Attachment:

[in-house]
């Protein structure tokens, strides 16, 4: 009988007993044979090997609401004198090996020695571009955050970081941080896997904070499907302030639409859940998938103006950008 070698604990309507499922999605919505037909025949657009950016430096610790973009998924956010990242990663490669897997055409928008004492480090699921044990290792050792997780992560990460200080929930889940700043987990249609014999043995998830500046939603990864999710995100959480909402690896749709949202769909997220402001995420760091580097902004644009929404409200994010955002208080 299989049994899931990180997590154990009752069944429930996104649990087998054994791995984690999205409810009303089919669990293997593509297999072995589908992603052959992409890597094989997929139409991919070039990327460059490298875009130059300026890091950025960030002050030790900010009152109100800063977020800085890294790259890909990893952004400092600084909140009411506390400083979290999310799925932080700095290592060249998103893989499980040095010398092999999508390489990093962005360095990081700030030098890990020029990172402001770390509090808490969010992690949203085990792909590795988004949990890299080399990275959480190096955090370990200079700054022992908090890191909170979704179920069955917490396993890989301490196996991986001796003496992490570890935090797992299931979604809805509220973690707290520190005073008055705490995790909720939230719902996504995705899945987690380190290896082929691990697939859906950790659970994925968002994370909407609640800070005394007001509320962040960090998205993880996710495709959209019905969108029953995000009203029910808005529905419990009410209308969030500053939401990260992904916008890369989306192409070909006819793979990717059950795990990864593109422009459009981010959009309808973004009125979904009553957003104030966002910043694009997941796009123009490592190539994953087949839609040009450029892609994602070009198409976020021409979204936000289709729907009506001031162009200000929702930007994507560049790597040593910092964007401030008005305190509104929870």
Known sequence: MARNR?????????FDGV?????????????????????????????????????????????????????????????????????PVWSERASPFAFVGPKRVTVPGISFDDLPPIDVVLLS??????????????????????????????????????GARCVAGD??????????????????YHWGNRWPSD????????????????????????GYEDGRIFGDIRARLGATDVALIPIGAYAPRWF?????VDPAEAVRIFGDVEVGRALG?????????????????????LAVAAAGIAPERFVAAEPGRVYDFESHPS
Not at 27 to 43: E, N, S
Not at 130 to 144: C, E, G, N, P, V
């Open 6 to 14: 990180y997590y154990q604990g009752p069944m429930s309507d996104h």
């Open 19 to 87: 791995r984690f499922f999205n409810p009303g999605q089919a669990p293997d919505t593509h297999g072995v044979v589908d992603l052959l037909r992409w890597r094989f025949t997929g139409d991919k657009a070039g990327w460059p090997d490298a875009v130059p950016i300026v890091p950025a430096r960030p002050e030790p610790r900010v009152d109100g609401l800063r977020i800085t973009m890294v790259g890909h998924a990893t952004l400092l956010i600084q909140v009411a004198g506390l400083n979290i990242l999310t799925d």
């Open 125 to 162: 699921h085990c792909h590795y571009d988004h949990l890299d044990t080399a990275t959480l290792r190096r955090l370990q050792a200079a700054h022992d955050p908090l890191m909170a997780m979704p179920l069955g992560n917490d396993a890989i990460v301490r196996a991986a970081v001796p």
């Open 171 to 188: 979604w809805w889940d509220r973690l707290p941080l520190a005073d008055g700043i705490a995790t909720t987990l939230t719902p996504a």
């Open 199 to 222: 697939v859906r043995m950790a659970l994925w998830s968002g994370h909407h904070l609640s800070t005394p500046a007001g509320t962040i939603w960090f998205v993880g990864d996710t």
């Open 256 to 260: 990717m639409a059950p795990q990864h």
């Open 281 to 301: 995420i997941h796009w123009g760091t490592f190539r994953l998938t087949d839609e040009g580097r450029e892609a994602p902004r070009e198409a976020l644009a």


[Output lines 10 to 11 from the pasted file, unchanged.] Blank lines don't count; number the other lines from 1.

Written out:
């Open 199 to 222: 697939v859906r043995m950790a659970l994925w998830s968002g994370h909407h904070l609640s800070t005394p500046a007001g509320t962040i939603w960090f998205v993880g990864d996710t």
């Open 256 to 260: 990717m639409a059950p795990q990864h």